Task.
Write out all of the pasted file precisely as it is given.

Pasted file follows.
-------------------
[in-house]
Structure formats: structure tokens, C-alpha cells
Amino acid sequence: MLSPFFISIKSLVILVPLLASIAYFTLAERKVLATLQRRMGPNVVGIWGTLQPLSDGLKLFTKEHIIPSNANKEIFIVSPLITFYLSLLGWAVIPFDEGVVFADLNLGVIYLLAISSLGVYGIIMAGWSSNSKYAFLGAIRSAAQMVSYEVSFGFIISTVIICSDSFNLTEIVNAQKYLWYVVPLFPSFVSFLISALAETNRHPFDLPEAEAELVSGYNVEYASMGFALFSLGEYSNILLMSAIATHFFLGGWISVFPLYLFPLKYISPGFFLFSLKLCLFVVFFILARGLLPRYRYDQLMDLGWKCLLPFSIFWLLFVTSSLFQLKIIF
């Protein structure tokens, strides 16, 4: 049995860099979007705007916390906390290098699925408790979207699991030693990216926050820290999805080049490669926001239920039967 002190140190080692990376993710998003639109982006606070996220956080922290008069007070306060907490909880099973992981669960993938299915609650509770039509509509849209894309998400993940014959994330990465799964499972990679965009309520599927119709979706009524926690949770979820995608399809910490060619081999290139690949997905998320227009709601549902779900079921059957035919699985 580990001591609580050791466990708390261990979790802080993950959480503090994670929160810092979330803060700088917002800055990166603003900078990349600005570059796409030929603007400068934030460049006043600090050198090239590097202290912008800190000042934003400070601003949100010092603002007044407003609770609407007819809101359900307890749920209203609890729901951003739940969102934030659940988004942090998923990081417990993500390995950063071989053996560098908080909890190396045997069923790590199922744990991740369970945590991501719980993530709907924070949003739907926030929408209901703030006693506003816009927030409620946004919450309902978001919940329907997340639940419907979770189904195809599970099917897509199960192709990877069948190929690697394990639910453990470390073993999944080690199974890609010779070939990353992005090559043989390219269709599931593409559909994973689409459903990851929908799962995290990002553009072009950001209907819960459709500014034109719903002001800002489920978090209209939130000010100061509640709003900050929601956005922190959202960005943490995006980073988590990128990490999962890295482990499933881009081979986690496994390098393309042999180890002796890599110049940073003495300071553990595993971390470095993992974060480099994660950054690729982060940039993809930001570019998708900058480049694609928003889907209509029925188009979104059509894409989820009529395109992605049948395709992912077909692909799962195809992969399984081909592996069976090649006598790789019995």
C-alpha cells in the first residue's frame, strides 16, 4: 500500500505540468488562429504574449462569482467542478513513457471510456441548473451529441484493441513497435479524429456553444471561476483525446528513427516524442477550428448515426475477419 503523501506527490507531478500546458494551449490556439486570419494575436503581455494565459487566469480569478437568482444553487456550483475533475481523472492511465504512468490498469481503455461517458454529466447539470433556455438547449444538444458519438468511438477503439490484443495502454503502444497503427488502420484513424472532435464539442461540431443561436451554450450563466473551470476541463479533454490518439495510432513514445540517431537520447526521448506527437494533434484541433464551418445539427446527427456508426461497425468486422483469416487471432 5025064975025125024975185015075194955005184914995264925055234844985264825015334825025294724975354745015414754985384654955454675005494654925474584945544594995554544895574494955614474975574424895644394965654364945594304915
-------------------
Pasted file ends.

[in-house]
Structure formats: structure tokens, C-alpha cells
Amino acid sequence: MLSPFFISIKSLVILVPLLASIAYFTLAERKVLATLQRRMGPNVVGIWGTLQPLSDGLKLFTKEHIIPSNANKEIFIVSPLITFYLSLLGWAVIPFDEGVVFADLNLGVIYLLAISSLGVYGIIMAGWSSNSKYAFLGAIRSAAQMVSYEVSFGFIISTVIICSDSFNLTEIVNAQKYLWYVVPLFPSFVSFLISALAETNRHPFDLPEAEAELVSGYNVEYASMGFALFSLGEYSNILLMSAIATHFFLGGWISVFPLYLFPLKYISPGFFLFSLKLCLFVVFFILARGLLPRYRYDQLMDLGWKCLLPFSIFWLLFVTSSLFQLKIIF
């Protein structure tokens, strides 16, 4: 049995860099979007705007916390906390290098699925408790979207699991030693990216926050820290999805080049490669926001239920039967 002190140190080692990376993710998003639109982006606070996220956080922290008069007070306060907490909880099973992981669960993938299915609650509770039509509509849209894309998400993940014959994330990465799964499972990679965009309520599927119709979706009524926690949770979820995608399809910490060619081999290139690949997905998320227009709601549902779900079921059957035919699985 580990001591609580050791466990708390261990979790802080993950959480503090994670929160810092979330803060700088917002800055990166603003900078990349600005570059796409030929603007400068934030460049006043600090050198090239590097202290912008800190000042934003400070601003949100010092603002007044407003609770609407007819809101359900307890749920209203609890729901951003739940969102934030659940988004942090998923990081417990993500390995950063071989053996560098908080909890190396045997069923790590199922744990991740369970945590991501719980993530709907924070949003739907926030929408209901703030006693506003816009927030409620946004919450309902978001919940329907997340639940419907979770189904195809599970099917897509199960192709990877069948190929690697394990639910453990470390073993999944080690199974890609010779070939990353992005090559043989390219269709599931593409559909994973689409459903990851929908799962995290990002553009072009950001209907819960459709500014034109719903002001800002489920978090209209939130000010100061509640709003900050929601956005922190959202960005943490995006980073988590990128990490999962890295482990499933881009081979986690496994390098393309042999180890002796890599110049940073003495300071553990595993971390470095993992974060480099994660950054690729982060940039993809930001570019998708900058480049694609928003889907209509029925188009979104059509894409989820009529395109992605049948395709992912077909692909799962195809992969399984081909592996069976090649006598790789019995």
C-alpha cells in the first residue's frame, strides 16, 4: 500500500505540468488562429504574449462569482467542478513513457471510456441548473451529441484493441513497435479524429456553444471561476483525446528513427516524442477550428448515426475477419 503523501506527490507531478500546458494551449490556439486570419494575436503581455494565459487566469480569478437568482444553487456550483475533475481523472492511465504512468490498469481503455461517458454529466447539470433556455438547449444538444458519438468511438477503439490484443495502454503502444497503427488502420484513424472532435464539442461540431443561436451554450450563466473551470476541463479533454490518439495510432513514445540517431537520447526521448506527437494533434484541433464551418445539427446527427456508426461497425468486422483469416487471432 5025064975025125024975185015075194955005184914995264925055234844985264825015334825025294724975354745015414754985384654955454675005494654925474584945544594995554544895574494955614474975574424895644394965654364945594304915